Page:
If you get a chance to see Charlie Bartlett, go! I just got back from a free preview, and I would have happily paid money for it on the way out. It opens this Friday, February 22, and it’s a wonderful teen comedy/drama.
It’s Ferris Bueller meets Pump Up the Volume, only with a modern, deeper take on the problems of teen life. Charlie is a privileged kid who winds up going to public school. He only wants to be liked, and he finds that the way to achieve popularity is to serve as unofficial shrink. Given today’s state of mental treatment, that also means handing out drugs: Xanax, Zoloft, Wellbutrin, all those handy mood helpers. It’s funny, but it’s also quite pointed.
I’d never before heard of Anton Yelchin, who plays the title character, but he’s amazing. His character could have seemed glib or helpless, but he’s got such charm and vulnerability that he’s a marvel to watch. He fully kept my attention for the entire film, without ever descending into cliché, even during a requisite drunk scene.
Speaking of drunk, it’s a tad odd watching Robert Downey Jr. (as the biggest name involved) starring in a film about chemical assistance (although the movie’s about a lot more than that). Then again, who better to know the pitfalls and temptations of addictive behavior? (I love Charlie’s t-shirt: “People like you are the reason people like me need medication.”)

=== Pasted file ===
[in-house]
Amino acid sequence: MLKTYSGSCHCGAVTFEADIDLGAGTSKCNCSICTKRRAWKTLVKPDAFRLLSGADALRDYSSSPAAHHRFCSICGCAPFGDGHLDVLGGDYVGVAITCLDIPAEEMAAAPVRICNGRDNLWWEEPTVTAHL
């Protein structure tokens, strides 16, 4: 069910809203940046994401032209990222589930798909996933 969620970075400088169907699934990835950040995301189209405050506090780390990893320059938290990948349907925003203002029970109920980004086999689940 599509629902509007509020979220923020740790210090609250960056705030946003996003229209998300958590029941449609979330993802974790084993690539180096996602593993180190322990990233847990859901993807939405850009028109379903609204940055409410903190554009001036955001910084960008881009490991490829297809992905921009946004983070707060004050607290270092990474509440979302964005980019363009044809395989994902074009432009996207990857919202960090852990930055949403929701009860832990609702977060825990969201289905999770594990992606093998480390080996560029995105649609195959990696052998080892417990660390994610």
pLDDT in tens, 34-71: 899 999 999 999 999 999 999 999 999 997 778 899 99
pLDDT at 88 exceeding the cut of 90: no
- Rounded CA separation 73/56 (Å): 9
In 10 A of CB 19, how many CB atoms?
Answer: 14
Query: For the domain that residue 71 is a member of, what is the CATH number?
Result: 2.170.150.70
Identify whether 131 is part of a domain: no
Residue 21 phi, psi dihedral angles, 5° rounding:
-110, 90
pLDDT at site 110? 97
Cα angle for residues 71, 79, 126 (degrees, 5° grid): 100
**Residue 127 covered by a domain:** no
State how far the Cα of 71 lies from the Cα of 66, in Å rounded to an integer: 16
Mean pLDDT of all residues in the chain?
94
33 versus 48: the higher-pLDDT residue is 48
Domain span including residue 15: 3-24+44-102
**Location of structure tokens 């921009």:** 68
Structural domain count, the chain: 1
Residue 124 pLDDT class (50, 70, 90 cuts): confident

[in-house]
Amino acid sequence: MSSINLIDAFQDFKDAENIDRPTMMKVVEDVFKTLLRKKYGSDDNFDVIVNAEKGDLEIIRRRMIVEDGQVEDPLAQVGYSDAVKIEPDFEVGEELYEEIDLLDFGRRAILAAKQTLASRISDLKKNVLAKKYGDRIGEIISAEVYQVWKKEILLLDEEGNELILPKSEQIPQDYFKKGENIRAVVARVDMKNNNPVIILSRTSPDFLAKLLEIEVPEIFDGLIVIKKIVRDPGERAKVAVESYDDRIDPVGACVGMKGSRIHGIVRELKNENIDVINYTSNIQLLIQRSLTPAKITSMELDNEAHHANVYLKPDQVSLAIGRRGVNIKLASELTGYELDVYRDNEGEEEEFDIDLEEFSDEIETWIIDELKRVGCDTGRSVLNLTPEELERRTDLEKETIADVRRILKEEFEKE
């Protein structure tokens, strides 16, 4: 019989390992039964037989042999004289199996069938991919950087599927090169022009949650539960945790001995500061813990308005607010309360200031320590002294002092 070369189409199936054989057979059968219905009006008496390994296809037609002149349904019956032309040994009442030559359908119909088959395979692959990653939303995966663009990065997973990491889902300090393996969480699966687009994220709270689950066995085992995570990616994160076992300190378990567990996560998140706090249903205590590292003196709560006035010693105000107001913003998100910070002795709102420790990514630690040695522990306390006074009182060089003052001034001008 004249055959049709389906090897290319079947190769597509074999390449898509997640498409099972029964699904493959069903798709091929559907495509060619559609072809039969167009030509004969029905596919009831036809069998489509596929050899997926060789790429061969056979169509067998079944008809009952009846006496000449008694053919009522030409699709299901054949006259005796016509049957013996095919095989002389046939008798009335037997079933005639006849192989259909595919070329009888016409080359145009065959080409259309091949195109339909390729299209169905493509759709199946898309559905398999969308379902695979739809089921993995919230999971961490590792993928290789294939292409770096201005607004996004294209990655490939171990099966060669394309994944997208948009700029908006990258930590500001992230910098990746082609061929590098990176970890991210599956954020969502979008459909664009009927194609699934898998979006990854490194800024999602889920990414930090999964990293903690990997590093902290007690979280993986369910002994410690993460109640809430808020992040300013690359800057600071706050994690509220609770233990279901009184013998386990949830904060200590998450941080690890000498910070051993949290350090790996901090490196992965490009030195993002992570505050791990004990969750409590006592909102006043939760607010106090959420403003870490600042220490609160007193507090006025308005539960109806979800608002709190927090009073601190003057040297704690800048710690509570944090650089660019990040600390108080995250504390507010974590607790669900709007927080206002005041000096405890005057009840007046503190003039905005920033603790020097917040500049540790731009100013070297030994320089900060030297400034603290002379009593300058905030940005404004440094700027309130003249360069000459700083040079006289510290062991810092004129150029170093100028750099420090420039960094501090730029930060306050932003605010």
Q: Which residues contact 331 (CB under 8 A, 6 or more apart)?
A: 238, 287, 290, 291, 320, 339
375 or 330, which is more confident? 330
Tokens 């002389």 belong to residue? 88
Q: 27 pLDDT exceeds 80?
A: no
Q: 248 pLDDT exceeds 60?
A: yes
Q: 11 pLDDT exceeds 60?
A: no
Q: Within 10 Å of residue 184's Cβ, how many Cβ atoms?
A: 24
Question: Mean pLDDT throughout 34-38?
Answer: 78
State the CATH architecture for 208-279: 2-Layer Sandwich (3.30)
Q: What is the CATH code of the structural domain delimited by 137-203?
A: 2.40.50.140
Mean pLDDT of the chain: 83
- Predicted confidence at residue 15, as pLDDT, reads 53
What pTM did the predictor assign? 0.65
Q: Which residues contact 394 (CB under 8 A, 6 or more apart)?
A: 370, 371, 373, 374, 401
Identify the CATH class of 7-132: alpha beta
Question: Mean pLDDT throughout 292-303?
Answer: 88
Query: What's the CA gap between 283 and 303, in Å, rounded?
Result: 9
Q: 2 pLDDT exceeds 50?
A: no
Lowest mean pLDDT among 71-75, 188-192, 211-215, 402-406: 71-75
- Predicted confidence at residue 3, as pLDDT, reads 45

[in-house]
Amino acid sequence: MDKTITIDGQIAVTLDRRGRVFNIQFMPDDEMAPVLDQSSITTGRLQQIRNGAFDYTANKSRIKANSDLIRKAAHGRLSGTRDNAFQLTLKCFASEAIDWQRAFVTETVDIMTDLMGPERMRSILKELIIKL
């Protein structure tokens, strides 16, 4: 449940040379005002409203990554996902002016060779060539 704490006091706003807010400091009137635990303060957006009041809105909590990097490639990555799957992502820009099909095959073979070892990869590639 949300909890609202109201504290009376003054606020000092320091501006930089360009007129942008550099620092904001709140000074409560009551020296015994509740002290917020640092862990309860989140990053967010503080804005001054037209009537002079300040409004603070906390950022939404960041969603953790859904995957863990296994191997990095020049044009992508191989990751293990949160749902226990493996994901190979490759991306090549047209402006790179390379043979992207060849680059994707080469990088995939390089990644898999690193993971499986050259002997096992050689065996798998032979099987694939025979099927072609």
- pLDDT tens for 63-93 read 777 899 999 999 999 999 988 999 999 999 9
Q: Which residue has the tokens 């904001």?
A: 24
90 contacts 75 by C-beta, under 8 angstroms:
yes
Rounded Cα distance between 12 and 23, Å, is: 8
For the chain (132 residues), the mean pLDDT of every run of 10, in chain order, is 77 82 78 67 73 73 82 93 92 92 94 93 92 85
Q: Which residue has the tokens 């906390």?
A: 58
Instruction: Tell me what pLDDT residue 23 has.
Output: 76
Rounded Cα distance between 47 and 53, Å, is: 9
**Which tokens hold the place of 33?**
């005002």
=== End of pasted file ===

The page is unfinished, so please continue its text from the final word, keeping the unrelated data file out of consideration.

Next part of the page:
Hope Davis plays Charlie’s disconnected mother, and one of the film’s subtexts is a problem that I’ve seen firsthand: what happens to kids when their parents treat them like peers? When adults aren’t capable of behaving maturely, they wind up taking their kids’ childhoods from them by forcing the kid to be more responsible than they should have to be. She’s darn funny, though. It’s almost a “be careful what you wish for” situation; she seems like she’d be a way cool mother until the complications reveal themselves.
Who else? There’s a bully (Tyler Hilton), a problem Charlie handles creatively, and the girlfriend (Kat Dennings), who has the glamour and self-possession of a brunette Veronica Lake. Oh, and the song “If You Want to Sing Out Sing Out” becomes important, which led KC and I to wonder if the current generation still thinks of Harold and Maude as a cult film, or if it’s been forgotten. There are some interesting similarities between the two movies, both featuring a well-off boy finding creative, out of bounds ways to cope.
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